Characters hook us, plot compels us to turn the pages, but the theme of a story is what stays with us long after we’ve forgotten the details. Theme answers the question, What’s the story about? Not what happens but what might it mean? What is the author trying to express?

Is theme the moral of the story? Is it one of life’s lessons? Like, Don’t build your house of straw? Or, Slow and steady wins the race? It can be, but the themes of many memorable novels are often subtle and complex, questioning our assumptions about what we hold to be true.  Questioning aspects of the entire human experience.  Which is why fiction is a nearly inexhaustible medium.

The consequences of strong human emotions such as jealousy, lust, and revenge provide powerful themes for novels, but quieter aspects of the human experience can be equally compelling.  Emotions like desire and regret.

In Looking for Redfeather I set out to write a story about three teens from troubled families (aren’t all families troubled?) who meet up by chance and go on a road trip together. One of the three protagonists, Ramie, has father issues; he’s looking for the father he never knew. One of my own sons still struggles with this, even though he now has sons of his own and his father is dead.  While Ramie’s story is not my son’s story, I drew inspiration and some details, from our own collective past.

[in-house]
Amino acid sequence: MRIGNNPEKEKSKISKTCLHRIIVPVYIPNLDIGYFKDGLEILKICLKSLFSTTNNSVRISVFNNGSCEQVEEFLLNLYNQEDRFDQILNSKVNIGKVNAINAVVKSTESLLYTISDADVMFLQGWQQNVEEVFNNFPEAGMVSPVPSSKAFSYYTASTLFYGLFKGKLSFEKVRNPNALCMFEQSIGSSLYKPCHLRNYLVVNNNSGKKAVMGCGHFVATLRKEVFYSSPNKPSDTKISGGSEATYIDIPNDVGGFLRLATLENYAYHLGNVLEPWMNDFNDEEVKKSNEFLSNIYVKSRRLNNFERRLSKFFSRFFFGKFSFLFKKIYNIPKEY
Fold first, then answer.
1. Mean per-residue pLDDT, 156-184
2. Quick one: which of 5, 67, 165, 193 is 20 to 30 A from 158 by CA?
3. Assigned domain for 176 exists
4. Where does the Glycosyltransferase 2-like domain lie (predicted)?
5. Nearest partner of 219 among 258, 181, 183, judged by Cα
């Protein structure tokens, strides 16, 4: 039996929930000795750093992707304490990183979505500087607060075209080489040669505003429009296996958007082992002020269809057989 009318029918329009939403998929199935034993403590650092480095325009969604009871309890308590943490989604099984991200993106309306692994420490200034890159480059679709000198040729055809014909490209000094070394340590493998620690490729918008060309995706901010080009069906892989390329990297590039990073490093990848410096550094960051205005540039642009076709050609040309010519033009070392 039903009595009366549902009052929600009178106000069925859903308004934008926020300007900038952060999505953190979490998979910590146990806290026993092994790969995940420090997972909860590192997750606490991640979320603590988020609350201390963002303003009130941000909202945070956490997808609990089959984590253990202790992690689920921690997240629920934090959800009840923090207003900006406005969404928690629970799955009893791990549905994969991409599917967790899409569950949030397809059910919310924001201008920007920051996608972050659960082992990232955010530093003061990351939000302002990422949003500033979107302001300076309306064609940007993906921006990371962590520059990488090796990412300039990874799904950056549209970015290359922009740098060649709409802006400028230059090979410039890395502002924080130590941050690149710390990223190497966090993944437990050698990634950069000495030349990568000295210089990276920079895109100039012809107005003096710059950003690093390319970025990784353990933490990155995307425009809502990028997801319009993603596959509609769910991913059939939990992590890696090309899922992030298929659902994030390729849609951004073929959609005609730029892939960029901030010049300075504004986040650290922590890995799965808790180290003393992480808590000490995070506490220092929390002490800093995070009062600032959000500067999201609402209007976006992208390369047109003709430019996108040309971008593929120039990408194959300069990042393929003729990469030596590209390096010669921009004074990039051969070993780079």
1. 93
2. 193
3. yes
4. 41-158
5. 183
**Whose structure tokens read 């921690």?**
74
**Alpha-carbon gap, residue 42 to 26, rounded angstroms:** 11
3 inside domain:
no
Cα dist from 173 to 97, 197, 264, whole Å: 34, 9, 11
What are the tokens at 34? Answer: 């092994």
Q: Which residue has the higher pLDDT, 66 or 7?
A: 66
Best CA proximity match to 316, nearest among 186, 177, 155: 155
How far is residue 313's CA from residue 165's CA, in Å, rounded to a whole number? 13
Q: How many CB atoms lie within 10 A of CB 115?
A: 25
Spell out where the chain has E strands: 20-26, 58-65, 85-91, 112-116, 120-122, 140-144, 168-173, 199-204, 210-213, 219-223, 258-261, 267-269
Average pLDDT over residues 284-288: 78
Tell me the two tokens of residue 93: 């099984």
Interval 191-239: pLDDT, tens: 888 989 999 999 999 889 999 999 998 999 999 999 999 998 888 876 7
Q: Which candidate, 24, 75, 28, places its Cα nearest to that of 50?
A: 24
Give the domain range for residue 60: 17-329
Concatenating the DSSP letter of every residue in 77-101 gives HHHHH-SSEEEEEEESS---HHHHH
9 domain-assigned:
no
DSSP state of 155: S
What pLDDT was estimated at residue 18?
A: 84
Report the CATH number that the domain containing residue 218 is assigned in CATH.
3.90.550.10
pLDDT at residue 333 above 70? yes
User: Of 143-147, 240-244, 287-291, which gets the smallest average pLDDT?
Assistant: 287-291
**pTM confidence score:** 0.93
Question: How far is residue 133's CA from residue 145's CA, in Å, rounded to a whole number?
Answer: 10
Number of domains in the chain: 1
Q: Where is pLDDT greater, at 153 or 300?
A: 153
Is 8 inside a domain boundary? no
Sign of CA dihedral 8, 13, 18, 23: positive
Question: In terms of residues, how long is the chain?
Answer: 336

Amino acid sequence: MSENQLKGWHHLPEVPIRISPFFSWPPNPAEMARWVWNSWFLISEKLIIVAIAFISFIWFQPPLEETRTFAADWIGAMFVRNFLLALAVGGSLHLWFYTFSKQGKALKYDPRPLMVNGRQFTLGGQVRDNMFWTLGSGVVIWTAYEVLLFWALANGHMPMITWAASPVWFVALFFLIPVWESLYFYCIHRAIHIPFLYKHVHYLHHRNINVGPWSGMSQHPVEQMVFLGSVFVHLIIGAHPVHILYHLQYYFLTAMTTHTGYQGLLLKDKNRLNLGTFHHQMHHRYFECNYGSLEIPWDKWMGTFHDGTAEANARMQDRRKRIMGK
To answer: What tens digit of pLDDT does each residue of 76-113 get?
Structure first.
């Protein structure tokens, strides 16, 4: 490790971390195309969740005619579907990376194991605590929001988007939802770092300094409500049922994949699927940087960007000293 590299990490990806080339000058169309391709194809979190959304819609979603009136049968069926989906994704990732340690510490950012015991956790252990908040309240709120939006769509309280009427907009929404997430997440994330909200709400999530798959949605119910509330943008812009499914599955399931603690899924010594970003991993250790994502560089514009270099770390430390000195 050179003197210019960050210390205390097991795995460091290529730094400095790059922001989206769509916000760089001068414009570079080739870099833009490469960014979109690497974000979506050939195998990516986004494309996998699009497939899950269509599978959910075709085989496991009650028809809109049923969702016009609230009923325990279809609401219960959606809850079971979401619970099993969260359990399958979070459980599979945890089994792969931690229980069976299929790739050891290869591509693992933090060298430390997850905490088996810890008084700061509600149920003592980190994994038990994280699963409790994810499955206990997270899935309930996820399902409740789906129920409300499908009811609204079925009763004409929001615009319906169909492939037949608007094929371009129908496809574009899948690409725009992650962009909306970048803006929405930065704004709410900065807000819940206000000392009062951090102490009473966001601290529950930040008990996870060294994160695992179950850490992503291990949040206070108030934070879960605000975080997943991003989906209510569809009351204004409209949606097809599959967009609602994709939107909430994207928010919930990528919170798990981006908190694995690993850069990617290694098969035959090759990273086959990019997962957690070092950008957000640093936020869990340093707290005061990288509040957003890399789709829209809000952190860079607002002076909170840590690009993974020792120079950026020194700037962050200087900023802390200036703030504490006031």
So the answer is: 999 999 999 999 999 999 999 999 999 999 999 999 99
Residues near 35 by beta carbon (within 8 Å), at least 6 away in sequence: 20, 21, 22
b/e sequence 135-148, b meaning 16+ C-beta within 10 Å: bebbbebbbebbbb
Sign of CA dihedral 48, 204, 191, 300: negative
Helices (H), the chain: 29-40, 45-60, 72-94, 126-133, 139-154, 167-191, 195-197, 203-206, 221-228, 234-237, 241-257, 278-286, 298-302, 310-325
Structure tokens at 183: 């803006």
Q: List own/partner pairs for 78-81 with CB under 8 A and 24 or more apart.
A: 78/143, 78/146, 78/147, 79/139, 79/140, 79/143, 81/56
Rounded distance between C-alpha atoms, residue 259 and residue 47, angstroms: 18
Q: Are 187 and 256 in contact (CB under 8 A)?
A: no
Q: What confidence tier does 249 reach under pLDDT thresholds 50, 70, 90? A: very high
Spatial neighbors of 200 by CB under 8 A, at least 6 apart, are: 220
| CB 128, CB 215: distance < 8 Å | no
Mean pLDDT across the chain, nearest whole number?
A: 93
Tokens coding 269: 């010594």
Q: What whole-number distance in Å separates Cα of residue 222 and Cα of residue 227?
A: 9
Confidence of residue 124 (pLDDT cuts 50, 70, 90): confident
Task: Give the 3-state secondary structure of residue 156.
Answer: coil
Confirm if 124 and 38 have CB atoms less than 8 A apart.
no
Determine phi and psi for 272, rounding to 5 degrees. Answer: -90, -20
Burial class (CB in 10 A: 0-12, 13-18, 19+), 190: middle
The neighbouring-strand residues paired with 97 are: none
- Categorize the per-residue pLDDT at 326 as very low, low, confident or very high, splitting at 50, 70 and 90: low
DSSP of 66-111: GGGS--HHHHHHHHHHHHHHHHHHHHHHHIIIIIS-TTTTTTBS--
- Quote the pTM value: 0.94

LaRoux, the female protagonist, has learning disabilities caused from a genetic deletion on the 22nd chromosome – a deletion my own granddaughter is challenged with. I didn’t want the story to be about 22q deletion syndrome or about learning disorders, but it helped bring LaRoux to life as she struggles with dyscalculia and executive functioning difficulties –and against her rigid, conservative, but loving parents – to follow her dream to be a singer.

Chas, the third protagonist, is fleeing his wreck of a life back home, driving his grandmother’s car, a treasured antique Cadillac he took without permission.   Chas, the eldest and most loquacious of the three, is facing a crisis of his own, which he deals with by stealing the heirloom Cadillac and setting out on a road trip, “looking for sentient life on a barren planet.” (This idea came from a true story about a young man, who upon being confronted by his parents and his sixteen-year-old girlfriend with the news that he was going to be a father, his first response was to leap off the porch and run into the woods. You can’t make that stuff up! Being a teenaged father is NOT Chas’s problem, however…)